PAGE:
1) Making a fetish of doing ILP work and of “loyalty” to the ILP leadership and constitution. Naturally all Bolshevik-Leninists working in the ILP must expect to do a certain amount of ILP work (which mainly consists in selling the New Leader), also the constitution of the party must not be broken in such a way as to render expulsion possible—but some of the leading comrades of the Marxist Group carry this to the point where they are in danger of placing loyalty to the ILP higher than Bolshevik-Leninist principles. As an example of this, recently two South African comrades said in private discussion with comrade Johns, a member of the committee of the Marxist Group, that they thought that under certain circumstances the Labour League of Youth (Youth organisation of the Labour Party) might be found to be a better field for our work than the ILP. At the next meeting of the Holborn Branch of the ILP (of which both comrade Johns and the South African comrades are members), comrade Johns, in the absence of the South African comrades, accused them of disloyalty to the ILP, inasmuch as they thought the Labour League of Youth a better organisation than the ILP, and on these grounds moved their expulsion from the branch and the party. Certain of our comrades managed to get this matter postponed for a time so that the comrades in question should have an opportunity for defending themselves.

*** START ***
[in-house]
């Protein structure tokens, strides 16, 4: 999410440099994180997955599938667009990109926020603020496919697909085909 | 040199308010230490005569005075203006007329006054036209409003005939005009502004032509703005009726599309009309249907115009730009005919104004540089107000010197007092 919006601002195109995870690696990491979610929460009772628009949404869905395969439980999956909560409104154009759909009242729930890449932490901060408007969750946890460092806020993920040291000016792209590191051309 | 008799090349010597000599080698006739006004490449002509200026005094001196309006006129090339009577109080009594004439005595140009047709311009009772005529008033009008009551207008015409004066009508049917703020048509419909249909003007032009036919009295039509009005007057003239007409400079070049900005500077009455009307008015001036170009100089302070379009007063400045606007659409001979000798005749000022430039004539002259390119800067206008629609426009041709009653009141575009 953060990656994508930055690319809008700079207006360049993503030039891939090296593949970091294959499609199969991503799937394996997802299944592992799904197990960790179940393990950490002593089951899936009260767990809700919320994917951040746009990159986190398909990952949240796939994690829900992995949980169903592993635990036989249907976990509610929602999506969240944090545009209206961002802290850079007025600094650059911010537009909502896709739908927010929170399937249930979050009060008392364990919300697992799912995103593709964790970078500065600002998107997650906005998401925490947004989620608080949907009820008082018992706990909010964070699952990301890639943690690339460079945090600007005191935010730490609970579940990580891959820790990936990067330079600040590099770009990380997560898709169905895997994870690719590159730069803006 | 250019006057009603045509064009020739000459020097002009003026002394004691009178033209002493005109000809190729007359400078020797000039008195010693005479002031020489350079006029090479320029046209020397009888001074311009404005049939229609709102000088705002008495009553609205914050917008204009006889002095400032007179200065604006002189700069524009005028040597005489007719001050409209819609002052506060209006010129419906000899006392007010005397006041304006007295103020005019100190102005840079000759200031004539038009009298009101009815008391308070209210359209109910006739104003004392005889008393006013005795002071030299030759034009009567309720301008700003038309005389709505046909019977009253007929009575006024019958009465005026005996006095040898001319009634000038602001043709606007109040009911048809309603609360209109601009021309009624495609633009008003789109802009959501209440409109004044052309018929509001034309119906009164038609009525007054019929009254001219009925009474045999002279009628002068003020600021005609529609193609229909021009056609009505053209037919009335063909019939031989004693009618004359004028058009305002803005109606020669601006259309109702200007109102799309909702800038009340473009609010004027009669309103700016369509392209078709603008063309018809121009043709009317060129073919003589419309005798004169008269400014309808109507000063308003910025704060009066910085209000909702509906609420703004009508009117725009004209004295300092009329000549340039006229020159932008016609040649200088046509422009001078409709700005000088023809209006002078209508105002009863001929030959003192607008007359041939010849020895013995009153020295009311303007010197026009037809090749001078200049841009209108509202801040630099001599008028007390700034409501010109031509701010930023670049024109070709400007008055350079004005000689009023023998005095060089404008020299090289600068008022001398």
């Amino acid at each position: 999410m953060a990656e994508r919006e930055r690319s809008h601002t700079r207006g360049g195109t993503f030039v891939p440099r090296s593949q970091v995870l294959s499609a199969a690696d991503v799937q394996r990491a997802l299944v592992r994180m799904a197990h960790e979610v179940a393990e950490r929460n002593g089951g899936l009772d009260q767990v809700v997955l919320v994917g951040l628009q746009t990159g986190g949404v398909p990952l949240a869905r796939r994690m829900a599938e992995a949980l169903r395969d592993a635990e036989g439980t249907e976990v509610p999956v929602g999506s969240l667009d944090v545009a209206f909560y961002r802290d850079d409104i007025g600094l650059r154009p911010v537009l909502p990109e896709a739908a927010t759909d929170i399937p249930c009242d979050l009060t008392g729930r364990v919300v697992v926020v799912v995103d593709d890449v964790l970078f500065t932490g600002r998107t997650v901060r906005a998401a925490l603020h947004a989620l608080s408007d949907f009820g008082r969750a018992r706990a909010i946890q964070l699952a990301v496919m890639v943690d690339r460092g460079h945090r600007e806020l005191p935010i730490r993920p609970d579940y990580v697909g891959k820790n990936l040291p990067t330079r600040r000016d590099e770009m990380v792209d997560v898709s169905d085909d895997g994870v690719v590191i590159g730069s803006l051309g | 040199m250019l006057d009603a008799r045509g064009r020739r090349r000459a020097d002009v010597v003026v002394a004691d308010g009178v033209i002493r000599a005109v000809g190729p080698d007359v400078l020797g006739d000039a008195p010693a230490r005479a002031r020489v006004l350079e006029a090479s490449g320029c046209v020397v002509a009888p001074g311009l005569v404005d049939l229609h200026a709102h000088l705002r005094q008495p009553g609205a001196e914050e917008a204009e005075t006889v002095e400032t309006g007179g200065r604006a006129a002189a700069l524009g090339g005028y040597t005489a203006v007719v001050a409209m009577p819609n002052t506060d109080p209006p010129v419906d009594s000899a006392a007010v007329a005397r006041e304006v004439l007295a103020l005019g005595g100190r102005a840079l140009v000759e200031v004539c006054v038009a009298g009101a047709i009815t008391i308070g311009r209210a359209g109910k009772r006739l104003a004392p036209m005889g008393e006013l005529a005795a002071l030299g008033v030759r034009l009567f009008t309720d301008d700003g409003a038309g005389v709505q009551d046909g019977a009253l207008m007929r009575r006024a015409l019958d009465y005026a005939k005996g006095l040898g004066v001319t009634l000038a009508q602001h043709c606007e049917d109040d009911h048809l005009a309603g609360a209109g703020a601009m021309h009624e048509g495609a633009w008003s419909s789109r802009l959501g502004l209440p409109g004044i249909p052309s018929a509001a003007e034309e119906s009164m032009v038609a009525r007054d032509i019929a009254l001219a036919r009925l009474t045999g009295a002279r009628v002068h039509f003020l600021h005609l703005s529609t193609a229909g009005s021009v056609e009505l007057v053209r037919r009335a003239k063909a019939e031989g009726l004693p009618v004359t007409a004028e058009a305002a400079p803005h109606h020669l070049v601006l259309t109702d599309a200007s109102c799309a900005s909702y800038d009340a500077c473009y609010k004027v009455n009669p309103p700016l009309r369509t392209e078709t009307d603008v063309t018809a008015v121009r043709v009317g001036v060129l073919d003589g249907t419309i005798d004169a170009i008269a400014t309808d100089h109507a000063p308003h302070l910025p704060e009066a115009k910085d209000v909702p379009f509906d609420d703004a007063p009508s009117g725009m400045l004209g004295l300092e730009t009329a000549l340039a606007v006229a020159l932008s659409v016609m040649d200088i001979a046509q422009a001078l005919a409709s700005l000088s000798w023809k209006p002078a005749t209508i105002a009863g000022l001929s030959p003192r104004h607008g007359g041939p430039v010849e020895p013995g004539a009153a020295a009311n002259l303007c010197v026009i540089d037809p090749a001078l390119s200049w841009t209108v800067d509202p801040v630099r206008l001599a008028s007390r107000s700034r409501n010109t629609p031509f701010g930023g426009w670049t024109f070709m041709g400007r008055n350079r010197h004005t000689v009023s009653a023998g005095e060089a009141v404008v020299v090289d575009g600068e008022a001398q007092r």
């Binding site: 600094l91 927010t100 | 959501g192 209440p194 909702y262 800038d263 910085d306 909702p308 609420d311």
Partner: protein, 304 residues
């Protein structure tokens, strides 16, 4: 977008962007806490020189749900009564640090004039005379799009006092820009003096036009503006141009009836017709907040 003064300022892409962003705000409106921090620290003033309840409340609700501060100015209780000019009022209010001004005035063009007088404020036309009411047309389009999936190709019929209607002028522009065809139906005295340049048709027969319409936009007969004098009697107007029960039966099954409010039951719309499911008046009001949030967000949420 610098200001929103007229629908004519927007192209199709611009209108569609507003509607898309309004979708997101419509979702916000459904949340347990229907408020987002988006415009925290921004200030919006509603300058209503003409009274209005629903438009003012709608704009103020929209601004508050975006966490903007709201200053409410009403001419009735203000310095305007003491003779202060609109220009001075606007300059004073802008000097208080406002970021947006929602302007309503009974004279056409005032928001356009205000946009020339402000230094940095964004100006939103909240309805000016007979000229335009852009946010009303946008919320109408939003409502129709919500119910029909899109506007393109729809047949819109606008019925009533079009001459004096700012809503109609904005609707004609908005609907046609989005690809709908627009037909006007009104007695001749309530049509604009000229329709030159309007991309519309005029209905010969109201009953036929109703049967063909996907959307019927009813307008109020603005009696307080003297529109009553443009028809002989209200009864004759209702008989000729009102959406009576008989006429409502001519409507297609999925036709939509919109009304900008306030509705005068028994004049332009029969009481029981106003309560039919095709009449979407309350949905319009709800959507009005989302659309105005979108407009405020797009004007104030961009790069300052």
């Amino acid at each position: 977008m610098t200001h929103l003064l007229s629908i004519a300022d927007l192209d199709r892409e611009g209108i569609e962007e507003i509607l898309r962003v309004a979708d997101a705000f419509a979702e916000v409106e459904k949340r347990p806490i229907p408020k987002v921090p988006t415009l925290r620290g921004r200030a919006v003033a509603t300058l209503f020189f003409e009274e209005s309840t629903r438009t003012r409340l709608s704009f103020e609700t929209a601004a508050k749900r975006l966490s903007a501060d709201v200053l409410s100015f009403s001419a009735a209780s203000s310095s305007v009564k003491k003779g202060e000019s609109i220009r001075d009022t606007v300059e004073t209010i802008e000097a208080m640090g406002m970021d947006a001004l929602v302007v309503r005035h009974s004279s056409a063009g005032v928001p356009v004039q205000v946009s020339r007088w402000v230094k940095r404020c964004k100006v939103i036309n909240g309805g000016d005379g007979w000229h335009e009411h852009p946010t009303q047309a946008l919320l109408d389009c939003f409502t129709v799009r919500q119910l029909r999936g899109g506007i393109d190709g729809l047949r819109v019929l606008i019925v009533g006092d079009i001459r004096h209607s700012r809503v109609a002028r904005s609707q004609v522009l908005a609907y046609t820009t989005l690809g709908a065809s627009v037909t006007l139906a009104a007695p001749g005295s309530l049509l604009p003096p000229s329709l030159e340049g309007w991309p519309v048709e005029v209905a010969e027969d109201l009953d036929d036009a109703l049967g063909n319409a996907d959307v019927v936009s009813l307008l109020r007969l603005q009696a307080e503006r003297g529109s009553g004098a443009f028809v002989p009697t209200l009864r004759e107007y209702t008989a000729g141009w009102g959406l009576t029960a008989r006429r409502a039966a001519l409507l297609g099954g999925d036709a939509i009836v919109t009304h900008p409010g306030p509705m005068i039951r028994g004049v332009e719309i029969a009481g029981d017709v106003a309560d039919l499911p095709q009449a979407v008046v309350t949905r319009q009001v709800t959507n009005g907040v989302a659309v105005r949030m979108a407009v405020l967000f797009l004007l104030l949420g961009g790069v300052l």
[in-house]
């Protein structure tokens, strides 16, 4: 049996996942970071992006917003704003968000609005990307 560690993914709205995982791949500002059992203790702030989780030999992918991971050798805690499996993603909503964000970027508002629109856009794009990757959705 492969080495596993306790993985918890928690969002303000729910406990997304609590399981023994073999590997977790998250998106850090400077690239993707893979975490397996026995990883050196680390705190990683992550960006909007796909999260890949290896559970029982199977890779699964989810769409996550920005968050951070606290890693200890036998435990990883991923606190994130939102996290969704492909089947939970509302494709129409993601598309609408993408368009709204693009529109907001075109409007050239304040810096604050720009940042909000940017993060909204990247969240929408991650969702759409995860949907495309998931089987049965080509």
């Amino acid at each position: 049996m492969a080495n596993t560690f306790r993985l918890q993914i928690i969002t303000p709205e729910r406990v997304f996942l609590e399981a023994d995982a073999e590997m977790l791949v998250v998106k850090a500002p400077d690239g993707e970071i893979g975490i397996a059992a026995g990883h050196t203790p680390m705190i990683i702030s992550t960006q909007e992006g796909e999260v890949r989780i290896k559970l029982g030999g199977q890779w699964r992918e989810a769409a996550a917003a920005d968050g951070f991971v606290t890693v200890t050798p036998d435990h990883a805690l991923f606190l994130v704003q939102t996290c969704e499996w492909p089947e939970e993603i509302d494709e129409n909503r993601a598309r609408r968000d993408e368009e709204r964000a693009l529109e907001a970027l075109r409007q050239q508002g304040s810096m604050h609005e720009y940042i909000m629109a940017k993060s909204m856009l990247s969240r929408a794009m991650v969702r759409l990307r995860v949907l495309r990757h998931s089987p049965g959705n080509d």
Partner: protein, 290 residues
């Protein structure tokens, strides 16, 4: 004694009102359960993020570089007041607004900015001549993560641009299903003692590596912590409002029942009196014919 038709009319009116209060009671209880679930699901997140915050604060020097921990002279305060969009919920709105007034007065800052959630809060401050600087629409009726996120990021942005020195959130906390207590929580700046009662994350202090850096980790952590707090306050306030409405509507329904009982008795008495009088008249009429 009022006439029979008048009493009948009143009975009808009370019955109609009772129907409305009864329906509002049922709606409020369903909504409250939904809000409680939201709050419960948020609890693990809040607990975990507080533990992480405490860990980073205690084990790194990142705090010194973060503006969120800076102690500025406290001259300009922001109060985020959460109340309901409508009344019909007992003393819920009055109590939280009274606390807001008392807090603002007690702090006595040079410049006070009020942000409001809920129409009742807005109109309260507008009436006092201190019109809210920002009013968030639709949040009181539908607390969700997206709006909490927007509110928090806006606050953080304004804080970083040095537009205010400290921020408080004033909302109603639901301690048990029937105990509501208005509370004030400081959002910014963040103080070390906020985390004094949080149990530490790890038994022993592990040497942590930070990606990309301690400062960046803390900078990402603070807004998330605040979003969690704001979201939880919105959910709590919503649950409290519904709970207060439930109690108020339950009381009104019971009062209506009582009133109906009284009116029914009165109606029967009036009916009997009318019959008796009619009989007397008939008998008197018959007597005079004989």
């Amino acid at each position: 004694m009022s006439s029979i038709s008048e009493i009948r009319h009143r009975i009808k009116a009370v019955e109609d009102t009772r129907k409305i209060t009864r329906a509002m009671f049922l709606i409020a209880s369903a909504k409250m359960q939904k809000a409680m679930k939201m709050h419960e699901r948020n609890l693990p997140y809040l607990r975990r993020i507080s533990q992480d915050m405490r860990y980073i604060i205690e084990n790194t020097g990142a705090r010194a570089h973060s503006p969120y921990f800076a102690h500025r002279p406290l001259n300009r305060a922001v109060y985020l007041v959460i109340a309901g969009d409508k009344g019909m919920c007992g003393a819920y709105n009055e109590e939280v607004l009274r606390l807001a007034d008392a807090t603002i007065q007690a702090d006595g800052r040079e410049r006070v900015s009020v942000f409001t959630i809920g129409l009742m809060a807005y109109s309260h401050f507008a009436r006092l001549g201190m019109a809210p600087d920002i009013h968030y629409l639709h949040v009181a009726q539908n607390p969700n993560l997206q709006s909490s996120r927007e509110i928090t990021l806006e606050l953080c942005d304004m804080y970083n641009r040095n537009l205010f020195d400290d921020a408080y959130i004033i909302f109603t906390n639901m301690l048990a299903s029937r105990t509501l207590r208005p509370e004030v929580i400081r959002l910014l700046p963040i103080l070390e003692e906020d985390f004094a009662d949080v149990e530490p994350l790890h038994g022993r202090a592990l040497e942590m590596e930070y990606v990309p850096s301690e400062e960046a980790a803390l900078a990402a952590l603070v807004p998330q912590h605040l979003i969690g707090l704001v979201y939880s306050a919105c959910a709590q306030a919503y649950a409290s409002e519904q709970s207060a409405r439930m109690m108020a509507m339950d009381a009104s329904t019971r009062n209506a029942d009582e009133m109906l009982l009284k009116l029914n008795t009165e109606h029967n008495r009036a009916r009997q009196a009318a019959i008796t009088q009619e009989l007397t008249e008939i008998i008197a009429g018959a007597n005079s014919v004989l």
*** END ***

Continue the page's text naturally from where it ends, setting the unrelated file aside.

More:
2) Lack of concrete perspectives. No discussion of our perspectives for our work in the ILP has been held since the formation on the Marxist Group; it appears to be taken for granted by the leadership of the group that so long as the ILP exists so long must Bolshevik-Leninists continue to work inside it, to the exclusion of all work in other parties (such work, however fruitful the results, would of course be disloyalty to the ILP). The membership form which must be signed by all comrades wishing to join the Marxist Group begins by saying: “In becoming a member of the Marxist Group in No. 6 division, I recognise the necessity for a British revolutionary party, such as is not existing today, and I believe that the ILP can be converted from its present centrist position to a revolutionary line”. The confession of faith contained in the part of the quotation which we have underlined still remains the official policy of the Marxist Group, despite growing doubts on the part of certain of the rank and file. Attempts to start a discussion on this question have been passed over by the leadership of the group, usually on the plea of “lack of time, owing to the necessity of discussing more important questions”.

3) Organisational degeneration of the Marxist Group itself. Internally, the position of the group of Bolshevik-Leninists in this country is far worse than it was a year ago; a year ago the fraction was organised on the basis of local groups, which met every week and received reports from the committee, which also met weekly. Communications from the International Secretariat were discussed at committee meetings, and discussed among all members, with the exception of one or two who were considered not yet thoroughly reliable.